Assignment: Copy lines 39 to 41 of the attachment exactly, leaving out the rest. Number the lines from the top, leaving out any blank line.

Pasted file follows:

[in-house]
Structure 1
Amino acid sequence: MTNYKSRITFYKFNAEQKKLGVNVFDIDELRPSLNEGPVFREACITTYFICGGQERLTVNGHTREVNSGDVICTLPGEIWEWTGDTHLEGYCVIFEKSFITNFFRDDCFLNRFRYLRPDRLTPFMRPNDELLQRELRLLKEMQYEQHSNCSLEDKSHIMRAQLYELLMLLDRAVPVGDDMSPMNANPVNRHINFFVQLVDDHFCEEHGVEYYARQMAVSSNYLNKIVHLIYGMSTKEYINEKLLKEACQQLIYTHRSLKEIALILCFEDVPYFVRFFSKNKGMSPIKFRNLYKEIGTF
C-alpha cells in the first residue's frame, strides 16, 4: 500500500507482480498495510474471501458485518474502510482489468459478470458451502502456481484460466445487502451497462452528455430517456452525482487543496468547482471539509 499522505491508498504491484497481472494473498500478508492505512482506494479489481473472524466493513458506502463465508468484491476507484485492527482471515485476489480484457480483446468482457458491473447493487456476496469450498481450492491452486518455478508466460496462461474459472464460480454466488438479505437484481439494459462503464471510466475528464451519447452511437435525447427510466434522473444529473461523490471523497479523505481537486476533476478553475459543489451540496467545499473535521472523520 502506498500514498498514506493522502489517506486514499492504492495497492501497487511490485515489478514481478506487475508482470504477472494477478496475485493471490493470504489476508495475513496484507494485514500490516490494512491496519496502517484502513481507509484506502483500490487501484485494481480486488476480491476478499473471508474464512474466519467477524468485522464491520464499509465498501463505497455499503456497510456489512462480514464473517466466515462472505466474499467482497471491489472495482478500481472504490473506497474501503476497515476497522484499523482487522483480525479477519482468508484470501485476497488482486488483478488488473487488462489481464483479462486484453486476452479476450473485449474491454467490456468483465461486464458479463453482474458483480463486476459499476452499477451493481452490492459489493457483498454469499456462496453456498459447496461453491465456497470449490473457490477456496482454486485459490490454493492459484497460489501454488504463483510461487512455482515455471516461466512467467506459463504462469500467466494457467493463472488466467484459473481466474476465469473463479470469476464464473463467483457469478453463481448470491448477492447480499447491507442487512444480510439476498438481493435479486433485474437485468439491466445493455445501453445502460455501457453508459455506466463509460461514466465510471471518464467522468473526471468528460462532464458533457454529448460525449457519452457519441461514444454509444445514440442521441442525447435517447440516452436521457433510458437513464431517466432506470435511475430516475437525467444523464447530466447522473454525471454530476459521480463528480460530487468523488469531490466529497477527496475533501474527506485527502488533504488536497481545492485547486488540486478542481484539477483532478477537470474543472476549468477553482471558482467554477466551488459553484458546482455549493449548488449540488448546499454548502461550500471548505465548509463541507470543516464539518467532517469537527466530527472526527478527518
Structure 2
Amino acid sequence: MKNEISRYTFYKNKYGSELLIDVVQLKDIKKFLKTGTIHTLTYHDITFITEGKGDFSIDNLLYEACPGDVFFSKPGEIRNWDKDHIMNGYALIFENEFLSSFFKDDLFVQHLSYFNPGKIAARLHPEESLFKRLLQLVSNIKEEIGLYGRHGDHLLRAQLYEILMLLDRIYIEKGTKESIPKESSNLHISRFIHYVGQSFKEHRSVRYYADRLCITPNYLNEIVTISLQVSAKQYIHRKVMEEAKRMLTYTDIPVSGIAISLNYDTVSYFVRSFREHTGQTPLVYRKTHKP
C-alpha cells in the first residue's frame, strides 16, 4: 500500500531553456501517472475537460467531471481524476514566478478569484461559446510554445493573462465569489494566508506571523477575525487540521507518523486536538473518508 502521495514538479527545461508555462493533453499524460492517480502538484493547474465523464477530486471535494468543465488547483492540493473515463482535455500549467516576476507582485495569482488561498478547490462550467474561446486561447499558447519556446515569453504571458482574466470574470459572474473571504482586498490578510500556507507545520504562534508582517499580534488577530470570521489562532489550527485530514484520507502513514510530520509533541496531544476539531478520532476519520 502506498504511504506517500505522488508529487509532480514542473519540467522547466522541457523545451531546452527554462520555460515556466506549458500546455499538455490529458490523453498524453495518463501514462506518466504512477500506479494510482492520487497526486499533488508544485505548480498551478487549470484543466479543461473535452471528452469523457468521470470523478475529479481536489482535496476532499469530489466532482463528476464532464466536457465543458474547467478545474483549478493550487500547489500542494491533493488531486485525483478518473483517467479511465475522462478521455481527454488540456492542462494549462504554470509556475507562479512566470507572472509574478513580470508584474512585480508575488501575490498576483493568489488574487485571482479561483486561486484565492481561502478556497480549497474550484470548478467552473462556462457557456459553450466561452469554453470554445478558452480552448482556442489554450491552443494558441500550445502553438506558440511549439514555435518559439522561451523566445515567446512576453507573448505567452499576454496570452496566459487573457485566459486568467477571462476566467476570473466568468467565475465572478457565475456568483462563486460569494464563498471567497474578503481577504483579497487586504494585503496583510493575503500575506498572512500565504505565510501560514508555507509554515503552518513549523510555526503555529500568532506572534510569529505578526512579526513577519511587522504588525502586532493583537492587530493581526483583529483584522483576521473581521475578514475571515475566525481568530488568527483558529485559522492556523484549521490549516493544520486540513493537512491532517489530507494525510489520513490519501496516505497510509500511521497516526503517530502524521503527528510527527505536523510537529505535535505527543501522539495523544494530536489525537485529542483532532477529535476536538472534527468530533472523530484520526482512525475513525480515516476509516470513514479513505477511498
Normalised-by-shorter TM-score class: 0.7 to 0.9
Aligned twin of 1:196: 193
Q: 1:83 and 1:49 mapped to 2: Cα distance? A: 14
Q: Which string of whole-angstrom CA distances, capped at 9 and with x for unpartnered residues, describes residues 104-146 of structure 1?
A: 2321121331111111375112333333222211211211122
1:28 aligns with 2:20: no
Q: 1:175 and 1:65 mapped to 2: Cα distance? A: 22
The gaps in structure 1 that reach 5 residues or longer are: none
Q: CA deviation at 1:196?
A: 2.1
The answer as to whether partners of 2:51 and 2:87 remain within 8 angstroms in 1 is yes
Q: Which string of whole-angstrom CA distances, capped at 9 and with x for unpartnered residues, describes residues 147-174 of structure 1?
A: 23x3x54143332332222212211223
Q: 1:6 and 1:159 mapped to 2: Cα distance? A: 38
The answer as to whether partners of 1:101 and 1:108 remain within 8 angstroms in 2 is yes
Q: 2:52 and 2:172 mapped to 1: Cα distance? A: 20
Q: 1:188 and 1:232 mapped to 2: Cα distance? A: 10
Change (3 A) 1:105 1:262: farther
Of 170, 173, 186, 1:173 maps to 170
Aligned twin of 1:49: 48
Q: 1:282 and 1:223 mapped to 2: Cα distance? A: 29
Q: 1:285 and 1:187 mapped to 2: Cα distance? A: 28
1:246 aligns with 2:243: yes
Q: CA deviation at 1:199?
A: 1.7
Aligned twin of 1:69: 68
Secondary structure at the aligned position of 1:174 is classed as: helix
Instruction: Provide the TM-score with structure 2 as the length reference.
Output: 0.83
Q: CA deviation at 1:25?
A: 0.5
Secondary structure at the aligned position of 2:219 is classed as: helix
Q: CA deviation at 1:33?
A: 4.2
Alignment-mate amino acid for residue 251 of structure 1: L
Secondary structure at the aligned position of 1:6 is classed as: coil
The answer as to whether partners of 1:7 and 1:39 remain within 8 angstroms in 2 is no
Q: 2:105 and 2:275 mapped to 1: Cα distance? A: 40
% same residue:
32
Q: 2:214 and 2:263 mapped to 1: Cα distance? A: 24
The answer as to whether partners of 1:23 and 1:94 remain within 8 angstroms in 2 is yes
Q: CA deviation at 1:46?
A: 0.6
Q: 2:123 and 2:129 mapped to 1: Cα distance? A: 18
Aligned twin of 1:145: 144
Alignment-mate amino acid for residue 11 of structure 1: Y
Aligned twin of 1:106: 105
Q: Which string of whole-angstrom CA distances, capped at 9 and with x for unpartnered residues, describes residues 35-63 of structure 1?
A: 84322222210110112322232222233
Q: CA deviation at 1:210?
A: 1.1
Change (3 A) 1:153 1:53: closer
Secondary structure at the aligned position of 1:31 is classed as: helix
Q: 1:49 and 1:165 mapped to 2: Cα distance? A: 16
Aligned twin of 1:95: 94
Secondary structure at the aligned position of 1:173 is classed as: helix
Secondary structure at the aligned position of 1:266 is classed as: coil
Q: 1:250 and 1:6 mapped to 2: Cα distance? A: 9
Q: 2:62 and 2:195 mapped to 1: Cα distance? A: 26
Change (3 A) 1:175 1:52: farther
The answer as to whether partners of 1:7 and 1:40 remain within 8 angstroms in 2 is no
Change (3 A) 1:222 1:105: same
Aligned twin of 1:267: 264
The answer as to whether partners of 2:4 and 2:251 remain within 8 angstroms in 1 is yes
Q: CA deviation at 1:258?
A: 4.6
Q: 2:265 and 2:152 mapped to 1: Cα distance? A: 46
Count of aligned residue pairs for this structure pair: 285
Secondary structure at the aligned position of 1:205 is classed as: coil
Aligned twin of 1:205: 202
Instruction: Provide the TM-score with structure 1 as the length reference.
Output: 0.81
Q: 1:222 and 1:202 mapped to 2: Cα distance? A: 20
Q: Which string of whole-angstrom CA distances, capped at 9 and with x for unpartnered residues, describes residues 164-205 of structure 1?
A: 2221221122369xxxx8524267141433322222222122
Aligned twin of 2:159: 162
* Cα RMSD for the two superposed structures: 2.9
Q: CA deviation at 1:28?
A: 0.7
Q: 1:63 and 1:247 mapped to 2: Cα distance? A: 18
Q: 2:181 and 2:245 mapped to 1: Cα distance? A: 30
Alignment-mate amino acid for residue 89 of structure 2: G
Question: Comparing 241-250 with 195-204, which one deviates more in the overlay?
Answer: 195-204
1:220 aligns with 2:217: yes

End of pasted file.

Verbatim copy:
Secondary structure at the aligned position of 2:219 is classed as: helix
Q: CA deviation at 1:33?
A: 4.2